Academic journal article Social Justice

Social Movements, Globalization, and the Reconfiguration of Mexican/Chicano Nationalism

Academic journal article Social Justice

Social Movements, Globalization, and the Reconfiguration of Mexican/Chicano Nationalism

Article excerpt

IN HIS ESSAY INTRODUCING THE BRILLIANT WORK OF MEXICAN PHOTOGRAPHER Graciela Iturbide, Roberto Tejada (1996: 12-13) suggests the extent to which Mexican national identity and nationalism are being transformed by various interrelated phenomena:

Graciela Iturbide' s images are powerful because they underline time and again the rift between belonging and citizenship, rendered often against a backdrop of Mexican icons or heroes -- be it the frail displacement of a rural campesino in Puebla, or the triumph of locals in East Los Angeles. These images speak of outsider culture within larger constricting divisions, images seen now as having anticipated the present-day crisis with regard to the exhausted rhetoric that once sustained Mexico's long-presumed cultural cohesion -- a monolithic identity now under revision thanks largely to legitimate standpoints that are defined and defended by borderland identity, by Mexico's increasingly organized and outspoken indigenous communities, and by seasonal migration and its inevitable acculturations.

A powerfully binding sense of national identity and pride emerged out of the political and cultural struggles of the Mexican Revolution and its aftermath. That same nationalism inspired the discourse and strategy of the Chicano Movement in the United States. Yet nationalist identity and ideology often did as much harm as good, masking the persistent conflicts of class, race, and gender among the very people who embraced nationalism as their salvation.

In recent years, the official discourse of Mexican nationalism has been challenged by new social movements and activist artists, as well as by the long crisis of the Mexican regime, the increasing porousness of its borders, and the multidimensional process of U.S.-Mexico integration. Today, progressive Mexican and Chicano movements, activists, and intellectuals look backwards and forwards at the same time in their efforts to articulate new projects for social change. Indigenous communities, for example, are reclaiming pre-colonial/prenational concepts and practices as foundational elements of a future society. Many do so not as isolated or parochial local movements but in collaboration with national and international forces. The Zapatista leader Subcomandante Marcos simultaneously asserts the ethnic identity of the movement, vows to protect the Mexican flag, and claims a position among all oppressed peoples of the world. Meanwhile, many Mexicanas and Chicanas no longer fear charges of treason or heresy for e mbracing feminism, that most un-Mexican of ideologies. Instead, they reinvent the Virgin of Guadalupe and carve out a space within the culture of progressive movements for feminine and feminist sensibilities. Following a discussion of the historical contradictions of Mexican nationalism, this article describes various current efforts on both sides of the Mexico-U.S. border to reconfigure collective identities and programs for social change that challenge the limits of the old nationalist project.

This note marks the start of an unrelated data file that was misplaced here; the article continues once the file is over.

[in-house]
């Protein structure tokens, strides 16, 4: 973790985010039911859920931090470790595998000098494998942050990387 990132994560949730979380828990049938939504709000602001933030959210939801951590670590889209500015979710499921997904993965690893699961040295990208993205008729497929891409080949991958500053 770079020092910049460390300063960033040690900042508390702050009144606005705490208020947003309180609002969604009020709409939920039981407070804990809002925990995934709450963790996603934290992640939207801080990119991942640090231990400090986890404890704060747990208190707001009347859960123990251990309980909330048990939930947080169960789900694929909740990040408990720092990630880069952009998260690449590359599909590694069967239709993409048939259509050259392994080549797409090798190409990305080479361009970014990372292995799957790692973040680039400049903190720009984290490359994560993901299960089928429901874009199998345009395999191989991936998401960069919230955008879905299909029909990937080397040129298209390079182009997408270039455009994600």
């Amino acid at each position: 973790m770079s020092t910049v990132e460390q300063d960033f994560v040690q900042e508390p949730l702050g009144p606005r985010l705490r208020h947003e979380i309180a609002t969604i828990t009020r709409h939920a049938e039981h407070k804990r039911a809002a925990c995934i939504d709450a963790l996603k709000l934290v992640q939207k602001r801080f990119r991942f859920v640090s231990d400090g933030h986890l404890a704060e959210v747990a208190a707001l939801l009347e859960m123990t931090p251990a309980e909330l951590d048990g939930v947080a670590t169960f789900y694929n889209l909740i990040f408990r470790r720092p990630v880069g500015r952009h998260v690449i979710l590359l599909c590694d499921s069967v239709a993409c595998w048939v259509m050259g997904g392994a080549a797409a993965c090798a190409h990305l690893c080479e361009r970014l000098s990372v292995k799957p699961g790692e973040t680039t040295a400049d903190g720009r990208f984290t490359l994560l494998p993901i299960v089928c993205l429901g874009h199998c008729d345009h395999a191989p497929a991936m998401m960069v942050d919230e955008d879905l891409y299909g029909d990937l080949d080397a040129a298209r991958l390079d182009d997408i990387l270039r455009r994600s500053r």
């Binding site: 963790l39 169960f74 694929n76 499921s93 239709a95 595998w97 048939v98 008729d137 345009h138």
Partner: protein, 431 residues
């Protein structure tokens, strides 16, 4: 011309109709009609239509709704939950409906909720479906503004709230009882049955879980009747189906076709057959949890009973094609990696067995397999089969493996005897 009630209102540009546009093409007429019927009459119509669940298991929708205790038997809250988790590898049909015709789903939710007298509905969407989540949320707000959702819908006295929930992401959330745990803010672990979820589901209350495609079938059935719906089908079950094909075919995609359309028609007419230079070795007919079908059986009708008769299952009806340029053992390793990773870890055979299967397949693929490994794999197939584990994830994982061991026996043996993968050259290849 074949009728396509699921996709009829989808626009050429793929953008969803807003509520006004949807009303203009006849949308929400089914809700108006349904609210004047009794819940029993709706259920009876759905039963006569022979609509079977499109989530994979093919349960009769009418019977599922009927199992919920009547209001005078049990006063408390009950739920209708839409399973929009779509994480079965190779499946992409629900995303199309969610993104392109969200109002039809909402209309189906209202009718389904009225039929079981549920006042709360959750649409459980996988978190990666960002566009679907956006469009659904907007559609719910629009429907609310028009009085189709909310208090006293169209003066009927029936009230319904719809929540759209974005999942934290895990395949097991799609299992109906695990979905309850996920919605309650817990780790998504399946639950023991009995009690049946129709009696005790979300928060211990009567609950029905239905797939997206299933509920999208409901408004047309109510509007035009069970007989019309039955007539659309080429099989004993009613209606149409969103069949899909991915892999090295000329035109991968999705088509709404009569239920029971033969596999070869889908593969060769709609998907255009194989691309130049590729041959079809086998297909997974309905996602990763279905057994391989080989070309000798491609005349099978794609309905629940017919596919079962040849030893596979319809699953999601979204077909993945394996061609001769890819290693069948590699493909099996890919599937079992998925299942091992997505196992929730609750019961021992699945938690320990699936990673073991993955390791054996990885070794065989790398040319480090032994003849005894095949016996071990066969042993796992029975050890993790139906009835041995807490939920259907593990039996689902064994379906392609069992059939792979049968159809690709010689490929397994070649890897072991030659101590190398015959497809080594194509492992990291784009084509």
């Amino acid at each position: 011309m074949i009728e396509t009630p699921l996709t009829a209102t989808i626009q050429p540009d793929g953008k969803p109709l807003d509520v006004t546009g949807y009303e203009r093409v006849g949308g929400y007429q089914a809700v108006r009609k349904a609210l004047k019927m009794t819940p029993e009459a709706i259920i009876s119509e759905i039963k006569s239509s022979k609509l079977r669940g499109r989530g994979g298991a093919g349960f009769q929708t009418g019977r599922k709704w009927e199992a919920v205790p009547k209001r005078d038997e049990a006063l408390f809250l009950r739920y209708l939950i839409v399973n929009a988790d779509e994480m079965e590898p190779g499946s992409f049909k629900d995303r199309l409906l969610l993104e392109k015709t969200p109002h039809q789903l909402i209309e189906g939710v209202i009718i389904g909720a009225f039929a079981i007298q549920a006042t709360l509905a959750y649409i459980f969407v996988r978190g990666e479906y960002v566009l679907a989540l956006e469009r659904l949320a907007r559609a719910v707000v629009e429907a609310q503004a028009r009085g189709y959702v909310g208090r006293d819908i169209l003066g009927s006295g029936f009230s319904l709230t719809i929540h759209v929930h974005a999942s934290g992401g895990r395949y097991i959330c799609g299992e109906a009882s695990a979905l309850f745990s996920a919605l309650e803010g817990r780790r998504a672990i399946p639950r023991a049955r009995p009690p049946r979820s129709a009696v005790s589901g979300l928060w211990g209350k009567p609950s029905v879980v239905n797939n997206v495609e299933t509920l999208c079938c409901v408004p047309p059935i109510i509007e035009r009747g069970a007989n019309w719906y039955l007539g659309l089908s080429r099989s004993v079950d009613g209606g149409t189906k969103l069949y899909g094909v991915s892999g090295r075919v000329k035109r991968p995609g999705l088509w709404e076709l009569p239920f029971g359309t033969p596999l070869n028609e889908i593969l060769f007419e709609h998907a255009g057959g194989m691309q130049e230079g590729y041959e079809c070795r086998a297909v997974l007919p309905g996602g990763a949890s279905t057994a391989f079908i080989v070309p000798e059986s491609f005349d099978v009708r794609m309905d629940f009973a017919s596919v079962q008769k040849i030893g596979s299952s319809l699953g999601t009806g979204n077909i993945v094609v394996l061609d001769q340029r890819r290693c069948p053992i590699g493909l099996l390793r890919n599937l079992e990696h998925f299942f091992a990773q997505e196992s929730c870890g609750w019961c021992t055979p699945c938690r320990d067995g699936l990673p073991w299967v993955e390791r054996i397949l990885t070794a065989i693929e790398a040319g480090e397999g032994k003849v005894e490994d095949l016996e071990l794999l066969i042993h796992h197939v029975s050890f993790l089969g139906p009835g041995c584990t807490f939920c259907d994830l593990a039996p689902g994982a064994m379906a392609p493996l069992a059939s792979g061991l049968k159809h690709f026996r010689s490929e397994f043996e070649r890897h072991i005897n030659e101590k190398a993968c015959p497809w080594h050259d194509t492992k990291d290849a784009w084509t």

Nationalism: The Ties That Bind and Gag

Nationalism has been described by Tom Nairn (1981: 310) as "by far the most important and influential mass cultural by-product of 19th-century Europe." Its influence was felt worldwide, of course, and resided partially in the "common sense" connection between nationalism and Enlightenment notions of development and progress (Ibid.: 334). That discursive connection between nationhood and development helped to make nationalist ideology such a persistent feature of anticolonial and national liberation struggles. The true secret of nationalism's mobilizational power, Nairn argues, is that it offered the masses something that Enlightenment rationalism and Marxism's often abstract, intellectualized "class consciousness" could not: "a culture which however deplorable was larger, more accessible, and more relevant to mass realities" (Ibid.: 354).

Still, nationalism has always been a highly ambivalent ideology, subject to manipulation by class, ethnic, and gendered forces representing quite different political projects. …

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